Or, the Mavs should have taken Perry Jones III at this point.
Cunningham may become a good player, but he won't be as good as a number of players drafted after him.
Robert Sacre to the Los Angeles Lakers at No. 60
The Los Angeles Lakers needed a point guard, and one of the best in the class was still available, despite the fact that it was pick No. 60. That's right, Scott Machado from Iona went undrafted and is already drawing attention from a number of teams, according to Adrian Wojnarowski:
Undrafted Iona guard Scott Machado has Bobcats, Cavaliers, Hawks, Hornets, Raptors, Rockets calling for summer league, sources tell Y!— Adrian Wojnarowski (@WojYahooNBA) June 29, 2012
Robert Sacre may be seven-feet tall, but he's not a very good basketball player. He plays solid defense, but is soft on the boards and lacks an offensive game. Taking a flyer on Machado and making it back-to-back years that a Mr. Irrelevant became a starting point guard would have been a better option.
Even though Machado went undrafted, I still think he could become the second-best point guard from this class.
The shooting guard from Syracuse rose faster than Anthony Davis can elevate off the ground during the weeks leading up to the NBA draft, but no one imagined him going this high.
I'd like to bring back something I previously wrote when discussing prospects with red flags:
Dion Waiters began his sophomore season with Syracuse as a draft afterthought. He steadily rose up the boards as teams began to realize just how dominant he was in transition and how skilled he was at slashing to the basket.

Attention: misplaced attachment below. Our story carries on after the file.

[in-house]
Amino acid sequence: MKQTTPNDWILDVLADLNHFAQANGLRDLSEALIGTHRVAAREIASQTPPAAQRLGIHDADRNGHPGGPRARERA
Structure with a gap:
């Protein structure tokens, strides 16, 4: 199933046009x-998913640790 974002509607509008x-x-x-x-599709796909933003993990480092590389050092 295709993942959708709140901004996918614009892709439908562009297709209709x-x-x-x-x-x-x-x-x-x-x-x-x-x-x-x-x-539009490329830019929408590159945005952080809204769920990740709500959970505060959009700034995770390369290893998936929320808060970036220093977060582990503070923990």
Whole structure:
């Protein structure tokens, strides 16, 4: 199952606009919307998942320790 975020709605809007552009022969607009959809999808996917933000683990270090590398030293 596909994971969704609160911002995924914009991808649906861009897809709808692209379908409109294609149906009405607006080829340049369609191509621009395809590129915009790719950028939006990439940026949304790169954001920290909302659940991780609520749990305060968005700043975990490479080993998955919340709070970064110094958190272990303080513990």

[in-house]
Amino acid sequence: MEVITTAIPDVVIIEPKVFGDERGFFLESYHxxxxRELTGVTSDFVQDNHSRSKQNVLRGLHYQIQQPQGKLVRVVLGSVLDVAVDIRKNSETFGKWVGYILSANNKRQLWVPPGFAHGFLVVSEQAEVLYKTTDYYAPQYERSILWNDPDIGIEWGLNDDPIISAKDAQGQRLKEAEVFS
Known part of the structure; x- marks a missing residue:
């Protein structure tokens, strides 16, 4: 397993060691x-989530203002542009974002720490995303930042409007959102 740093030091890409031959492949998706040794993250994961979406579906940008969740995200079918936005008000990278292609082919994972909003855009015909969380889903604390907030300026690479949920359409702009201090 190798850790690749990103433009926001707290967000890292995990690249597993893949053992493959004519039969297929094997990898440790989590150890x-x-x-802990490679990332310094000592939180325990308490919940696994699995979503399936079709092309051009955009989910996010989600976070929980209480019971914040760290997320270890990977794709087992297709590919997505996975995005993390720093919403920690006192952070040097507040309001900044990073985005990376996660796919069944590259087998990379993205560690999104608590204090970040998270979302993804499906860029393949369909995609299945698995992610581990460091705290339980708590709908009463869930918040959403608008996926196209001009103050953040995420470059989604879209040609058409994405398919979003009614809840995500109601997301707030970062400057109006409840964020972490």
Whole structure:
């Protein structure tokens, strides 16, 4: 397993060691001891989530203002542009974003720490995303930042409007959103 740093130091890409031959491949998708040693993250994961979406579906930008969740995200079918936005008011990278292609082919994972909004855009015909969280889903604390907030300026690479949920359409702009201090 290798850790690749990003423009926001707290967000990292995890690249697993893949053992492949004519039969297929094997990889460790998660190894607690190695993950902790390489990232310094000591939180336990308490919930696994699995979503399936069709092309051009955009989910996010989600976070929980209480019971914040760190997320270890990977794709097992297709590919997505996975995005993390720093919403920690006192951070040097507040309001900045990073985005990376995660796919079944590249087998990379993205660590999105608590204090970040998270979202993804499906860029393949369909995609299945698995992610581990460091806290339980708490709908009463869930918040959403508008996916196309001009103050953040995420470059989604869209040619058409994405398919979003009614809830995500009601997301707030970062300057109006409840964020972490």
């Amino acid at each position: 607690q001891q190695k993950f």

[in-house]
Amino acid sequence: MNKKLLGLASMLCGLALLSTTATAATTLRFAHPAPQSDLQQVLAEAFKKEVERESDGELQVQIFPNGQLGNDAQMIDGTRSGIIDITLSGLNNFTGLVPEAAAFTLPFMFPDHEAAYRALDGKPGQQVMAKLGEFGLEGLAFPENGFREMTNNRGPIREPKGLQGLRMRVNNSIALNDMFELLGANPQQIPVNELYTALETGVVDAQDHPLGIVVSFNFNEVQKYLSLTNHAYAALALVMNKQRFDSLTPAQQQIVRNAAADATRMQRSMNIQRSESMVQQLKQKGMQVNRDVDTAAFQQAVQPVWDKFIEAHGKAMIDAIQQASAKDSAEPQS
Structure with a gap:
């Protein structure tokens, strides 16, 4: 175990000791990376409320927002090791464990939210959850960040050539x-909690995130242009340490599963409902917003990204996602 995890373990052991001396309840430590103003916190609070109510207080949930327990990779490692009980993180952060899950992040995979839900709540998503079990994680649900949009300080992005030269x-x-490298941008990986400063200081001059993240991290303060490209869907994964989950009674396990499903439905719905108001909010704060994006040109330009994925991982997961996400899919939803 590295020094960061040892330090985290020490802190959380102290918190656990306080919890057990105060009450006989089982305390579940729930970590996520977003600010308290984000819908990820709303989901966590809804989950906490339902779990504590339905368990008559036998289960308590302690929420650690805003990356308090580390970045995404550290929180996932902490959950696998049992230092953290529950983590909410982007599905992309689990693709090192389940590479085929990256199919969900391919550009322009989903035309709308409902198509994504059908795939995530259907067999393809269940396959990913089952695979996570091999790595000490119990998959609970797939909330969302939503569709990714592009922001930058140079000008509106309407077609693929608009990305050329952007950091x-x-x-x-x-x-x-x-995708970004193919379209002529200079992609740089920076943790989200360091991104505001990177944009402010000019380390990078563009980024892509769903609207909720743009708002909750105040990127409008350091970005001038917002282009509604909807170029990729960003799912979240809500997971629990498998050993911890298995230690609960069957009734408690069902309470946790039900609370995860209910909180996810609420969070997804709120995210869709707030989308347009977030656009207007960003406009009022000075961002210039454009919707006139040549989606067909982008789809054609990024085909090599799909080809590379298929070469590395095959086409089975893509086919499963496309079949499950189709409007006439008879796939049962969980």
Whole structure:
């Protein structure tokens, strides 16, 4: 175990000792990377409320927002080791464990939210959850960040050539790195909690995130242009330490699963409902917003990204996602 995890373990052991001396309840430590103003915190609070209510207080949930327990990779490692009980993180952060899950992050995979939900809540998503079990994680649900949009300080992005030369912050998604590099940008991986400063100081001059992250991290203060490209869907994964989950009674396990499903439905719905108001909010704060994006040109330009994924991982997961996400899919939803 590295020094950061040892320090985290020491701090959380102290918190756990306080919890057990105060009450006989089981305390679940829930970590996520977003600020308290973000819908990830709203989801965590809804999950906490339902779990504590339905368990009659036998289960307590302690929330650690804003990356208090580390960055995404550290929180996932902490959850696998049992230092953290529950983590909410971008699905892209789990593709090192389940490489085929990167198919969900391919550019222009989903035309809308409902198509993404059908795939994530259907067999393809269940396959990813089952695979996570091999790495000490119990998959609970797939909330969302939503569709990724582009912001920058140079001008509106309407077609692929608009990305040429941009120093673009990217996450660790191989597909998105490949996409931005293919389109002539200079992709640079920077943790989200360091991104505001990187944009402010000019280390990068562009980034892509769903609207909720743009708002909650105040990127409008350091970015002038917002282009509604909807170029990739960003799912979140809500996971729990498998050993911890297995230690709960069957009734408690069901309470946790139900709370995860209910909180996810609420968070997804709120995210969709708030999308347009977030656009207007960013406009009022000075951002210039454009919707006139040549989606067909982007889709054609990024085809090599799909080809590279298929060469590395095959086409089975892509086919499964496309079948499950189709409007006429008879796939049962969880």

After the Orange's season ended, Waiters will thought of us a fringe first-round pick. Then, his popularity exploded and he's now being talked about as a single-digit pick.
It's an unorthodox red flag, but the excessive hype is a red flag in itself. Teams must not get caught up in the talk about Waiters and must instead evaluate the game film and the prospect himself.
Everyone discusses the Dwyane Wade comparisons now and neglects to mention that this is a combo guard who only averaged 12.6 points per game last year. It's not like he's a safe bet to be a superstar.
Waiters isn't a great facilitator and he's not overly quick or athletic, which hurts his ability to be effective in half-court sets. He could still turn into a great player, but don't get caught up in groupthink with Waiters.
Like I said, it's an unorthodox red flag. It should still make GMs stop and think first.
Waiters can and will become a solid player, but the Cavs became desperate to find a shooting guard and neglected any other options in the draft. They'll regret this pick, the second time in a row they've made a major reach at No. 4.
Miles Plumlee to the Indiana Pacers at No. 26
Here's how my top-100 big board looked when it came to centers in the 2012 NBA draft, in order from best to worst: Andre Drummond, Meyers Leonard, Tyler Zeller, Fab Melo, Festus Ezeli, Bernard James, Ognjen Kuzmic, Dusan Cantekin, Henry Sims, Miles Plumlee, Justin Hamilton, Robert Sacre, Garrett Stutz and Xavier Gibson.
The Indiana Pacers' board obviously looked a bit different as Plumlee jumped ahead of Ezeli, James Kuzmic, Cantekin and Sims to go at No. 26.
What could have possibly convinced the Pacers, who don't even need a center, that Plumlee was worth a first-round pick? He never contributed much at Duke, even if he was athletic and skilled.
The Pacers could have used a backup point guard, and Marquis Teague and Tyshawn Taylor were both on the board at this point.
This is my pick for the single worst pick of the draft.
Austin Rivers' Goatee
As long as we're talking about desperation, Austin Rivers' goatee has to be mentioned. Here's what Grantland's Bill Simmons had to say on the subject:
Biggest loser of the draft so far: Austin's goatee. He connected on 37 percent of his 3s and 3 percent of his whiskers. House calls for a "MUST IMPROVE: PUBERTY" graphic.
I know 12-year-olds who can grow more facial hair than Rivers. Then again, I also have a friend who would be insanely jealous of the growth on Rivers' face.
If James Harden's beard is a follicular forest, then Rivers' goatee attempt is a forest after about three wildfires in quick succession.
Just shave already.